I started applying to the much sought after bank jobs, the “moksha”—safe, solid, “permanent”—like that meant anything. I also started going to classes for ICWA (Cost Accounting)—always had to have a plan B.

No jobs were working out. And then, this huge opportunity was presented to me (being totally sarcastic here). There was a 3-month period when my aunt’s brother and his girlfriend (who at that point was just a friend, but I figured out something was up between the two—scandal!) who were both fresh out of med school, opened a clinic/hospital in Anna Nagar West, which was way out there compared to Anna Nagar East, where we lived. They needed a receptionist. It wasn’t a difficult job, they said. Boy, were they right!

Off I went every morning, my lunch packed. Some days both of them would be there, and the 3 of us would chat, gossip, play cards, whatever. Some days they would go out to get supplies for the “hospital” leaving me alone in that house/clinic/hospital. There were not many houses nearby, but one was being built across my place of “work”. So on many days, it was just me, my lunch dabba, and the construction workers. I started carrying books to read to while the time away and to keep my active imagination from running away.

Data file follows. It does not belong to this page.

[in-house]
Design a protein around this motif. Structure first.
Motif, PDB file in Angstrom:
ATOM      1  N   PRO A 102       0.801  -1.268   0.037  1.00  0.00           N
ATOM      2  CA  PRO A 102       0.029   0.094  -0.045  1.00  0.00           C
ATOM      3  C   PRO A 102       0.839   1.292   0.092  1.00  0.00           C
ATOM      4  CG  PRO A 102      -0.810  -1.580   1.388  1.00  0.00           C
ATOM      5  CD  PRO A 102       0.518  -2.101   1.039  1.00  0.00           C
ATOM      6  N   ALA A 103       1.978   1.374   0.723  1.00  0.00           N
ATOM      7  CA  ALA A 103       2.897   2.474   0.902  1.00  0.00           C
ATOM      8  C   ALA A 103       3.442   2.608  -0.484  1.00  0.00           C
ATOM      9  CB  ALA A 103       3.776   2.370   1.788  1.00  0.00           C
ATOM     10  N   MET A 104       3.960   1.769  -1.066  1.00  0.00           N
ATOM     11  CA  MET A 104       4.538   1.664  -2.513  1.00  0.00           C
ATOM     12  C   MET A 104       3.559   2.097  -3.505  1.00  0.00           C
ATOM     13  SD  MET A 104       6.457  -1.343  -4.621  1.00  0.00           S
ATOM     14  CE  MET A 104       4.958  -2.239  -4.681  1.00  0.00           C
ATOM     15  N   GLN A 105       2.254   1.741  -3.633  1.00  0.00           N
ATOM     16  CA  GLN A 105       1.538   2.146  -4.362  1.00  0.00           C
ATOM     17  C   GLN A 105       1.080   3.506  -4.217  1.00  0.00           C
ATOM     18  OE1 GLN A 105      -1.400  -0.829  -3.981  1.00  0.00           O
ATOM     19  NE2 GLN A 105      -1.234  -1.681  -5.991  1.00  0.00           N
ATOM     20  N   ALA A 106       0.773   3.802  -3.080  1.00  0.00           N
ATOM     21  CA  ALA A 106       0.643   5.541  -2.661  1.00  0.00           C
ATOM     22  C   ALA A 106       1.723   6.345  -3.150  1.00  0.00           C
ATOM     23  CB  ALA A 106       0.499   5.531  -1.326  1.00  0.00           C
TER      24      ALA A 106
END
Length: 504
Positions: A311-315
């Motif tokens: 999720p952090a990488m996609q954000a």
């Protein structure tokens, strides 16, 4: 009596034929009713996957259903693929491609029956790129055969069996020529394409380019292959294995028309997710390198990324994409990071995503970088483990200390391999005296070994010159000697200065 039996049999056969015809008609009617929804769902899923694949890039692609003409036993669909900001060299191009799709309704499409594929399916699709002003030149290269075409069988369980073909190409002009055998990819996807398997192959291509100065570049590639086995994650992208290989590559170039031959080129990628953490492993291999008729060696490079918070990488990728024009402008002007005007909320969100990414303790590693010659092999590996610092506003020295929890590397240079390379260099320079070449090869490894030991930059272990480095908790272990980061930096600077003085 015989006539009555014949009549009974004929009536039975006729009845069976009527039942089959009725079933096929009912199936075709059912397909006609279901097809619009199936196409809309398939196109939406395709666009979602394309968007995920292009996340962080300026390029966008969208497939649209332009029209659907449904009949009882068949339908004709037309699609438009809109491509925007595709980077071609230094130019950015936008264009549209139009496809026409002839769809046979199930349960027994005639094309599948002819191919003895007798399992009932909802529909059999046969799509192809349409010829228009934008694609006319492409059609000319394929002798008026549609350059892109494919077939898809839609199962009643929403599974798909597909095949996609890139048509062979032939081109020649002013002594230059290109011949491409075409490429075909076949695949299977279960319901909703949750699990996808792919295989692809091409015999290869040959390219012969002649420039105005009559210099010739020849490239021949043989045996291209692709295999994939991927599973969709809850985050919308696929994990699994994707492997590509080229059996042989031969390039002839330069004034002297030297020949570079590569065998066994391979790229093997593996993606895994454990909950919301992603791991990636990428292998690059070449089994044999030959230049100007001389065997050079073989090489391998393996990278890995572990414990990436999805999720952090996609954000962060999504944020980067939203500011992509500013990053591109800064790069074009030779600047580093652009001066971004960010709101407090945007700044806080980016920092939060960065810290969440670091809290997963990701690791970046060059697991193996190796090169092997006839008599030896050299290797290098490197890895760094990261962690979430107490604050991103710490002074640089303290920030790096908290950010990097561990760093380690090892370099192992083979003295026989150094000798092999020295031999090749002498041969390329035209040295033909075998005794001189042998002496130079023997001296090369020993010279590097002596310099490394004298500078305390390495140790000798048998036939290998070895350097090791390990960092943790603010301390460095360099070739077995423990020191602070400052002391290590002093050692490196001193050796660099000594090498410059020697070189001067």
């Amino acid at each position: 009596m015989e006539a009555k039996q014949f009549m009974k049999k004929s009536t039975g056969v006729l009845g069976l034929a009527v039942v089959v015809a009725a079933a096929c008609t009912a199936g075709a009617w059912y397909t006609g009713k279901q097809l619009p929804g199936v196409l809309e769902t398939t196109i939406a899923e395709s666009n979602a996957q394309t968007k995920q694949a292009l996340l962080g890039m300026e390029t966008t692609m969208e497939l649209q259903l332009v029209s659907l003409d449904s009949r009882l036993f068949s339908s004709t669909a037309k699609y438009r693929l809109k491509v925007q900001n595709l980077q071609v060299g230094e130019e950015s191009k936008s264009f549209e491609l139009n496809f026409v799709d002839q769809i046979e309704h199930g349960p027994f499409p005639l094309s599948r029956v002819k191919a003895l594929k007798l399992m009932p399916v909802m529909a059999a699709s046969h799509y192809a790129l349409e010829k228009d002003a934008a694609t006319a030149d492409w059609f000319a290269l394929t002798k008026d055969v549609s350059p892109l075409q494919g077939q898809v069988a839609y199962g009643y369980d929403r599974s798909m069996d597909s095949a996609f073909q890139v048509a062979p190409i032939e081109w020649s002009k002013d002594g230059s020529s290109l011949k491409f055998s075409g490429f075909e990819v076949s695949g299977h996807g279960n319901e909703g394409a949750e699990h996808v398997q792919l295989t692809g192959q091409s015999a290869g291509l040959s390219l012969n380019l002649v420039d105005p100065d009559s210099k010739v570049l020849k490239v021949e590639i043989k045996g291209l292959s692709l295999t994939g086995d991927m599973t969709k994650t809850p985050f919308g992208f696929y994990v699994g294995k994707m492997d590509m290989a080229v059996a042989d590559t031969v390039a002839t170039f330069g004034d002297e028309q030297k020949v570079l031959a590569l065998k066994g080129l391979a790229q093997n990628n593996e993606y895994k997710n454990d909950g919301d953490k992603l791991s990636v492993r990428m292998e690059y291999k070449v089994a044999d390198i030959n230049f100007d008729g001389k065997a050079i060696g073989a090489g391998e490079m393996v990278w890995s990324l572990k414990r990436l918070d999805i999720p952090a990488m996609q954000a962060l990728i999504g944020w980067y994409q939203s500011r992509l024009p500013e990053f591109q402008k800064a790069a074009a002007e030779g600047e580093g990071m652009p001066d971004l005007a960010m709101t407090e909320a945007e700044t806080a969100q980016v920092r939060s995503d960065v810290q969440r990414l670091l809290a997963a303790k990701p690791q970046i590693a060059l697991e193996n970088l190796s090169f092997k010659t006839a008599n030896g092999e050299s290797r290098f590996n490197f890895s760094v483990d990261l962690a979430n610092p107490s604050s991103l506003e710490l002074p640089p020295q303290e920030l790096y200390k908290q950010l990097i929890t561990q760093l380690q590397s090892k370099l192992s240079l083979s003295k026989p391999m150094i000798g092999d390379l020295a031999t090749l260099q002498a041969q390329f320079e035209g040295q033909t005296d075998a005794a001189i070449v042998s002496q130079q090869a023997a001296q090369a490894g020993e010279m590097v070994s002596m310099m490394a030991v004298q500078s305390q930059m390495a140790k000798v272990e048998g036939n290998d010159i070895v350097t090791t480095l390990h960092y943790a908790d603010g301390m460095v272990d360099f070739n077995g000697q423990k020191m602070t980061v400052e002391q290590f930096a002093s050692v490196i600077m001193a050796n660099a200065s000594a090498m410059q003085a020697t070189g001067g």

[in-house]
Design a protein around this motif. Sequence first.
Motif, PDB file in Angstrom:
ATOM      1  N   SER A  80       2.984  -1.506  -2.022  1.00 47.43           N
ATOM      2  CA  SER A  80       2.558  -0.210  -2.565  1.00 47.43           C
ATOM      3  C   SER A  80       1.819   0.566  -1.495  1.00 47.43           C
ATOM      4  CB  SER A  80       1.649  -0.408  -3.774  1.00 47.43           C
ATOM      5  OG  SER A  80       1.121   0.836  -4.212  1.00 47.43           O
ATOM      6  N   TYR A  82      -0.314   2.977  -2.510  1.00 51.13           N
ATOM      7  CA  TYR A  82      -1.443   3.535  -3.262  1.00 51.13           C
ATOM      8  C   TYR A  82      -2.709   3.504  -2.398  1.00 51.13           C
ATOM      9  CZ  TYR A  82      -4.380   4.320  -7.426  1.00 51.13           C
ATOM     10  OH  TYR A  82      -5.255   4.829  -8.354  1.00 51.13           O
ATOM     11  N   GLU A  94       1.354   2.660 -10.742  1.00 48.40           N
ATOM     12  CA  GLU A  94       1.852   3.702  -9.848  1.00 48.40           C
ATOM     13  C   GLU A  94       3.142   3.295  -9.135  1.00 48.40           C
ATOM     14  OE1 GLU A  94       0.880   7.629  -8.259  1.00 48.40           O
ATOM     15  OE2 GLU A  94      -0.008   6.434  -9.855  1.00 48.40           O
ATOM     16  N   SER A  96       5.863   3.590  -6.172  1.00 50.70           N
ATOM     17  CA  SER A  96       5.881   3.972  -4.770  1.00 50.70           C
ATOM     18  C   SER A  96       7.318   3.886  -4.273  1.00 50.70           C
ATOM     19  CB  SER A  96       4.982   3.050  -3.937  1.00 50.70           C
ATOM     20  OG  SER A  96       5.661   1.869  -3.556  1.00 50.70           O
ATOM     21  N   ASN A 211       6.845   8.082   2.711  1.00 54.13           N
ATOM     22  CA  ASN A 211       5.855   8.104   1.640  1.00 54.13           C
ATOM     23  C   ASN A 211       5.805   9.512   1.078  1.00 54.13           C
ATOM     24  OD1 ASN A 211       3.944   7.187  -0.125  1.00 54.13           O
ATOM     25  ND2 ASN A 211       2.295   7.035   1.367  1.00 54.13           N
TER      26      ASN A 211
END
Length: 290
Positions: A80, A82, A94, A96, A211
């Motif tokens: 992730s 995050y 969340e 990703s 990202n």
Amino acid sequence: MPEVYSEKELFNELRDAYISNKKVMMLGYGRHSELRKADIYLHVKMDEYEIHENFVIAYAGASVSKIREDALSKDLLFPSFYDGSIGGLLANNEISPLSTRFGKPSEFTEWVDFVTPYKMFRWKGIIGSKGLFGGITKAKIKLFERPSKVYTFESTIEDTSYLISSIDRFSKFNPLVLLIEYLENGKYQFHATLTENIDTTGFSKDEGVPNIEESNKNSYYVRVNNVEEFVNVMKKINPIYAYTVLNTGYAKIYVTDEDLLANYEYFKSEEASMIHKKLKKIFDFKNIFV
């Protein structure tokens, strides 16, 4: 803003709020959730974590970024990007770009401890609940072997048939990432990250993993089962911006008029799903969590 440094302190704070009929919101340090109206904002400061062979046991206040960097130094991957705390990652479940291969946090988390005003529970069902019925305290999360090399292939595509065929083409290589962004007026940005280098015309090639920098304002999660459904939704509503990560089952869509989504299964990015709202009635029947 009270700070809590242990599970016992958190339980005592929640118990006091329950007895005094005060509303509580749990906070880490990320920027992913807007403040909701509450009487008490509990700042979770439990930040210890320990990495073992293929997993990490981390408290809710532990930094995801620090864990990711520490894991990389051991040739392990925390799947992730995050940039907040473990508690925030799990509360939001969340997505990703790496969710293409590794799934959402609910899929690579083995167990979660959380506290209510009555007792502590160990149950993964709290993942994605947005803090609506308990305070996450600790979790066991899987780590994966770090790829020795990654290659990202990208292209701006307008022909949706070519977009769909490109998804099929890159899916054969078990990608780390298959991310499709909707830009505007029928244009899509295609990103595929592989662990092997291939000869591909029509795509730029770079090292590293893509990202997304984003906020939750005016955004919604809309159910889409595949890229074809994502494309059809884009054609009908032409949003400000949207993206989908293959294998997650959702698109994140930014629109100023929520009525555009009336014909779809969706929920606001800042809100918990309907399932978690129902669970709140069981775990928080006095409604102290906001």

My career as a blossoming receptionist at a hospital where the doctors were always out, and no patients ever came, came to an abrupt end when I chanced upon an advertisement by a computer company called CMC.

CMC was inviting applicants all over India to take an entrance exam to qualify for their classroom training/ hire program. By this time, I was practically an expert in taking entrance exams, and said what the heck, I’ll apply. Never seen a computer in my life. Had no idea what the company or the job was about. The only requirement was, get this: all non-science applicants needed to have completed at least one math paper in college. Hey, it was practically begging me to apply!

I got through the entrance exam and was called for an interview. They selected 80 candidates from all over India–40 with science/engineering background, and 40 who were from a non-science background. I got selected, went through the 4 month classroom training, passed another final exam in programming languages (COBOL/Pascal), and got hired in the company as an employee – System Trainee Batch 1!